Jessica Vermeer
26 June 2020

The first detector array for NASA’s Gusto mission has passed pre-shipment review, reports the Netherlands Institute for Space Research (SRON). The array is being shipped to the University of Arizona, where it will be integrated into the balloon observatory. The Gusto mission is to measure emissions from cosmic material between stars. SRON and Delft University of Technology are developing three 8-pixel arrays for 4.7, 1.9 and 1.4 THz. The team has now delivered its first array — for the 4.7 THz channel.

NASA’s Galactic/extragalactic ULDB Spectroscopic Terahertz Observatory (Gusto) is a balloon observatory that will drift in Earth’s atmosphere for over 75 days, at the edge of space at 36 km altitude. The launch is scheduled for December 2021 from Antarctica. The observatory consists of a telescope of one meter in diameter and three observation instruments carried by an ultra-long duration balloon (ULDB). It contains three array receivers for electromagnetic radiation of 1.4, 1.9 and 4.7 THz.

Delivering the first array is the result of an international collaboration involving SRON, TU Delft, the University of Arizona and NASA. The 4.7 THz channel is the most challenging to realize because it requires the highest sensitivity and most precise pointing of the lens-antenna beam. The design, manufacturing, assembly and testing of the array were carried out at SRON, while the superconducting detectors were developed at TU Delft.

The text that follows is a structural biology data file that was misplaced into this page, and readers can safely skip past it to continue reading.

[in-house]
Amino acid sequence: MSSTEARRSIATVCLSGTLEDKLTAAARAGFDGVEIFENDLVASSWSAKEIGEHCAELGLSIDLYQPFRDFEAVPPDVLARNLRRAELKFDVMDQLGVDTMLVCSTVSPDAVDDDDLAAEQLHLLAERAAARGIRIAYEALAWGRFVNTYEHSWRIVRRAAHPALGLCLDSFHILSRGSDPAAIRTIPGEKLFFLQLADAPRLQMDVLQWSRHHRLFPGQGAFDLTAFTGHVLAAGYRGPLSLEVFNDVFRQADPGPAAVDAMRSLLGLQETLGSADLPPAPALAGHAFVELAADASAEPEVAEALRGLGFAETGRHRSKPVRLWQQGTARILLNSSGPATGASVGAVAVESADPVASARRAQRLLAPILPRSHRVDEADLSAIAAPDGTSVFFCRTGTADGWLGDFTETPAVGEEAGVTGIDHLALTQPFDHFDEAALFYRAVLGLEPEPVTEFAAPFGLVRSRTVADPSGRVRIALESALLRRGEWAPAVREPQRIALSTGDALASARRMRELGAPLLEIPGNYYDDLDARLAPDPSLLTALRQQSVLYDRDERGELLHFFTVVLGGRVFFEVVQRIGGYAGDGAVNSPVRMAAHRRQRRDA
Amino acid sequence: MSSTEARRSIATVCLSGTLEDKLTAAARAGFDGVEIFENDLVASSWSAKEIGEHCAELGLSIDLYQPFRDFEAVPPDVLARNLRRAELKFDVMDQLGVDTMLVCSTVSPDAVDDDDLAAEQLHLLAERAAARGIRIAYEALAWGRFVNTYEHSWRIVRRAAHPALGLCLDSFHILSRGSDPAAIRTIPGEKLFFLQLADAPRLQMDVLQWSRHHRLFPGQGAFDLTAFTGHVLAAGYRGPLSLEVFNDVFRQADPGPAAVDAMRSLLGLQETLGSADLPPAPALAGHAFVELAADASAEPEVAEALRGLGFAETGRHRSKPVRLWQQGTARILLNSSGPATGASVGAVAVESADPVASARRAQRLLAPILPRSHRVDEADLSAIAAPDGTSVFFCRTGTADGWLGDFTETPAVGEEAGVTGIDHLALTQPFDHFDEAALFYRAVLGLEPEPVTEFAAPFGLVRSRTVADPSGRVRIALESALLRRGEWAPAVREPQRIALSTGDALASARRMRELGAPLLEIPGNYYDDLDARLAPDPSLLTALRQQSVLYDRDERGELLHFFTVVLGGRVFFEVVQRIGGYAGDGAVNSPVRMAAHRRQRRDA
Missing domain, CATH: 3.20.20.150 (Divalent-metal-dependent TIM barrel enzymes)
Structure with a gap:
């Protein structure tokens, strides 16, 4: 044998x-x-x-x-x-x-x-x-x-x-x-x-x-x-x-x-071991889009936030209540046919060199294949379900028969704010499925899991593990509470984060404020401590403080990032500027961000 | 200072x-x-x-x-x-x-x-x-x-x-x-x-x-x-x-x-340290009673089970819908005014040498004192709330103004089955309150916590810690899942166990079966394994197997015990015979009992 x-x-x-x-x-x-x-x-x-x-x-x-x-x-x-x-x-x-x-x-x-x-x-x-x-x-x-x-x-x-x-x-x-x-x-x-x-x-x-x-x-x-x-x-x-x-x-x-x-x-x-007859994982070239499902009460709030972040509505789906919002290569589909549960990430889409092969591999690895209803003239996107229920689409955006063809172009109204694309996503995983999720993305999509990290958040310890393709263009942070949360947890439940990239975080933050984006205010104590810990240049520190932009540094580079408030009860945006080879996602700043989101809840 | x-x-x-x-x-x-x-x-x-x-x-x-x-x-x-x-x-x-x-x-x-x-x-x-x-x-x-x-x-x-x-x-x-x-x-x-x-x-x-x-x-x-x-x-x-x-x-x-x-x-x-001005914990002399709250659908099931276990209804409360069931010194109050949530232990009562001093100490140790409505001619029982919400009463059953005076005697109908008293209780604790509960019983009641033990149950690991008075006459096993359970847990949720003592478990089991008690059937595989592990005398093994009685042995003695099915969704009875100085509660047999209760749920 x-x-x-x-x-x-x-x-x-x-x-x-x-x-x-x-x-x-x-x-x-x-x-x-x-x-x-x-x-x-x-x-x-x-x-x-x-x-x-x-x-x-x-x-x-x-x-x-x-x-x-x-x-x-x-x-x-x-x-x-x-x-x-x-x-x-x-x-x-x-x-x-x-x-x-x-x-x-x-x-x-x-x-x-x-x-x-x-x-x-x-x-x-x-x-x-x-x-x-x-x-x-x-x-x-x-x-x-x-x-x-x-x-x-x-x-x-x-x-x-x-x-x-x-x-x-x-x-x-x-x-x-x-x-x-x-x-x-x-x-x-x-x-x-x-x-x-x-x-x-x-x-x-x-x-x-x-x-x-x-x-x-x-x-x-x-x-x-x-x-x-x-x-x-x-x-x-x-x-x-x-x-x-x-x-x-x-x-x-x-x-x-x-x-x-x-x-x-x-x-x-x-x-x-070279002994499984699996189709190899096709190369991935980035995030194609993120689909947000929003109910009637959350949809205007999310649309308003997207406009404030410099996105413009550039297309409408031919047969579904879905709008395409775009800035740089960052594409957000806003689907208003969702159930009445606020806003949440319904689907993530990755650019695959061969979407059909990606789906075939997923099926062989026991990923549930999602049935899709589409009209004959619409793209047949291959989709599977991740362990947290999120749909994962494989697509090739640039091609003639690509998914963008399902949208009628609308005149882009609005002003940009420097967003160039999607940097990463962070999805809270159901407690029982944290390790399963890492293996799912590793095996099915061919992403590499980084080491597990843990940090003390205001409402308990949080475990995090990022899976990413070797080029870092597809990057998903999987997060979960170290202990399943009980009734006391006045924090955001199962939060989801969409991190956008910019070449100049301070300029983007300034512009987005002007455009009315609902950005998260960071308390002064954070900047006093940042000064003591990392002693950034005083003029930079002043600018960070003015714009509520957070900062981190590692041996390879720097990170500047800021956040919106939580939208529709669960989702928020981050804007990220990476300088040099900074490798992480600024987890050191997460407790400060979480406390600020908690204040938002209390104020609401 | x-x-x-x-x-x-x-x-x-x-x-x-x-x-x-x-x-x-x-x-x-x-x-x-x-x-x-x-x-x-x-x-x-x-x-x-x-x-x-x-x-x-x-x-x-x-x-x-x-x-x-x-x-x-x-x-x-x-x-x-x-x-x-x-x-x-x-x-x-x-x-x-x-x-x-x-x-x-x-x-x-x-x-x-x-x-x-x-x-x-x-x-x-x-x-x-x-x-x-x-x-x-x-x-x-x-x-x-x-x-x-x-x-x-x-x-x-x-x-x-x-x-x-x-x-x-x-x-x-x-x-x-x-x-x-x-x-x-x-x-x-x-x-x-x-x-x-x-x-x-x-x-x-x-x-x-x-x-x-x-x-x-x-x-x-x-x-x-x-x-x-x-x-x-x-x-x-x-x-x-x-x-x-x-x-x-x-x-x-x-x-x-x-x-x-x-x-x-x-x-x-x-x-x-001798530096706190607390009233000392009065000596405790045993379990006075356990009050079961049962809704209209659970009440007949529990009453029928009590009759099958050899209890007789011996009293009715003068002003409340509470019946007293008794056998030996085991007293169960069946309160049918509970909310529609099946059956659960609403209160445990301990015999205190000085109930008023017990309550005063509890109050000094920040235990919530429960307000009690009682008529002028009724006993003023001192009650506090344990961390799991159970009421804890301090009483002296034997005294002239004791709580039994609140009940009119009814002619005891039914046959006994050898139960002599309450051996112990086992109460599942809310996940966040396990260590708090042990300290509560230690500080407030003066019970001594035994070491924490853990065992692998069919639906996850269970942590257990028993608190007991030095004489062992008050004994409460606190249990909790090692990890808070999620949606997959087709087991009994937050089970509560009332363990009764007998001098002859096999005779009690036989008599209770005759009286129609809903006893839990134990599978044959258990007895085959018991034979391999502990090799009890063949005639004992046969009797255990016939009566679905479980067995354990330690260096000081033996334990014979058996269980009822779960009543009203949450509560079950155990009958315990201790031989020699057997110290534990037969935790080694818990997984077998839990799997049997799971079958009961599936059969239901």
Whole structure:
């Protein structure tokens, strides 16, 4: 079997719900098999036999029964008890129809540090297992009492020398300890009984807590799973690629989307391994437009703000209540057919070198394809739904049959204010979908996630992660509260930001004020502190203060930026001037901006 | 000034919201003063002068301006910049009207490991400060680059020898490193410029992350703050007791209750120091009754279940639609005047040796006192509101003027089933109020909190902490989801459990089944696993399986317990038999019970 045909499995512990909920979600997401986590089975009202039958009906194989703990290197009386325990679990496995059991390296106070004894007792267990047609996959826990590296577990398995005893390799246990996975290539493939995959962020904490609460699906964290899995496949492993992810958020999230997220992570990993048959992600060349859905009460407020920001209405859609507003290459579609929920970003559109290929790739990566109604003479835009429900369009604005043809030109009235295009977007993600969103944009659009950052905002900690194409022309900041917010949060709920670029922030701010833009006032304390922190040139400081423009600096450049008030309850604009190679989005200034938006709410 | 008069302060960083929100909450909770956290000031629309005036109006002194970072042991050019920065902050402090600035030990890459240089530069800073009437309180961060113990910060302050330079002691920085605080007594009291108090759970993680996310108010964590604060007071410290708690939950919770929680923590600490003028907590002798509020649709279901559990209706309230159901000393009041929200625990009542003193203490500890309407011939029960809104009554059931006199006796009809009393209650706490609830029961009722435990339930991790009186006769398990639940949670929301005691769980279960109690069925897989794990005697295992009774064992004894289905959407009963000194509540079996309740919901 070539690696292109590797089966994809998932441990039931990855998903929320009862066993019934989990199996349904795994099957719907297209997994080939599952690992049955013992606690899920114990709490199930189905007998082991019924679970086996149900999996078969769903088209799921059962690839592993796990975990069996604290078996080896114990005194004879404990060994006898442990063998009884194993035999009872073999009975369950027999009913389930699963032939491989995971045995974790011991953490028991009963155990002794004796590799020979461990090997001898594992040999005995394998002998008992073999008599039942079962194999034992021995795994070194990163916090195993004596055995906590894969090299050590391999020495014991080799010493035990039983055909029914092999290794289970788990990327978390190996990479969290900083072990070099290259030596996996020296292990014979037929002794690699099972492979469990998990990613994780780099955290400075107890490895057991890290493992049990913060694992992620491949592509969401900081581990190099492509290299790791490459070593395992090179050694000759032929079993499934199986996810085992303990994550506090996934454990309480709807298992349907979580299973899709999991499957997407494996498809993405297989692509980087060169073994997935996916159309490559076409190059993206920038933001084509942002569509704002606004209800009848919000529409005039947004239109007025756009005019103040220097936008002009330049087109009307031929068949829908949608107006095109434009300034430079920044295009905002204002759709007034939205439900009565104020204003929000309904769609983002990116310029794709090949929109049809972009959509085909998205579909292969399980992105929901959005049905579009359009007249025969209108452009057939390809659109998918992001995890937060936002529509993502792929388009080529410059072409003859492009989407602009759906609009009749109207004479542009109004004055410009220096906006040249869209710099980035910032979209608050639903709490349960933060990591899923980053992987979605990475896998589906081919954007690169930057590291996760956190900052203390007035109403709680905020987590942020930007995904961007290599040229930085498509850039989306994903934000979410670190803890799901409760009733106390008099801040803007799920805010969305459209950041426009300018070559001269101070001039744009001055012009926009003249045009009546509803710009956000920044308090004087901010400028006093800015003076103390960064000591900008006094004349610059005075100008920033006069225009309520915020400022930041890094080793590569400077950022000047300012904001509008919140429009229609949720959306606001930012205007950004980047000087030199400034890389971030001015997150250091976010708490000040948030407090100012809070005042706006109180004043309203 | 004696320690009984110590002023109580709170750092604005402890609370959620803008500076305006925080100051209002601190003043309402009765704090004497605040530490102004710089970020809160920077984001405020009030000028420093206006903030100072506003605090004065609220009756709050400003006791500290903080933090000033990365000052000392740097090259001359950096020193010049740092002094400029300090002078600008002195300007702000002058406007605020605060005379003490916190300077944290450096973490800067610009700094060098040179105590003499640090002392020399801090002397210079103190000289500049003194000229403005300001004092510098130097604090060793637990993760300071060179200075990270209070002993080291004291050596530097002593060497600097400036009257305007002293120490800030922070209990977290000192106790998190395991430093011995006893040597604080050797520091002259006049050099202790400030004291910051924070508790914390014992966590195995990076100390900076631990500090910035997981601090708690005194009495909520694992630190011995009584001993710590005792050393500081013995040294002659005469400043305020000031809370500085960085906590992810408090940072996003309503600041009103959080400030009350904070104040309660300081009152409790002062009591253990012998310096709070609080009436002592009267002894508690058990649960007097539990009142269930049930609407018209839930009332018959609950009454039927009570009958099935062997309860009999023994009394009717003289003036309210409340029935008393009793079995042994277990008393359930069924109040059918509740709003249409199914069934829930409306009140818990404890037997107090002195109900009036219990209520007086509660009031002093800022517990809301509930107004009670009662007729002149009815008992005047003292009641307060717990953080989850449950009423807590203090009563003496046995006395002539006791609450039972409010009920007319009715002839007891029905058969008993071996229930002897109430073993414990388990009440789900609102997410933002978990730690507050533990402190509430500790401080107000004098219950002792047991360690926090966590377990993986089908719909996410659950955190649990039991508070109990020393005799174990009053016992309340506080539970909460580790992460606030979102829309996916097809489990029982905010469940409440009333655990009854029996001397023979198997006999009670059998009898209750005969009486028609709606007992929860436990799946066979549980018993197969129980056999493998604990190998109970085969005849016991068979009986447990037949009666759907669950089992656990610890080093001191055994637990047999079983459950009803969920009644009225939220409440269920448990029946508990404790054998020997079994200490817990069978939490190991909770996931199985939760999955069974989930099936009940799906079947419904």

Gusto 4.7 THz detector array
The first 4.7 THz detector array for the Gusto mission. Every sphere represents one pixel. All spheres combined form an 8-pixel array. Credit: SRON

Gusto has three channels to map respectively ionized nitrogen (NI), carbon (CII), and oxygen (OI) emission lines in the spectrum of the interstellar medium — the material floating in between stars. This helps scientists to determine the life cycle of interstellar gas in our Milky Way, witness the formation and destruction of star-forming clouds and understand the dynamics and gas flow in the vicinity of the center of our Galaxy.

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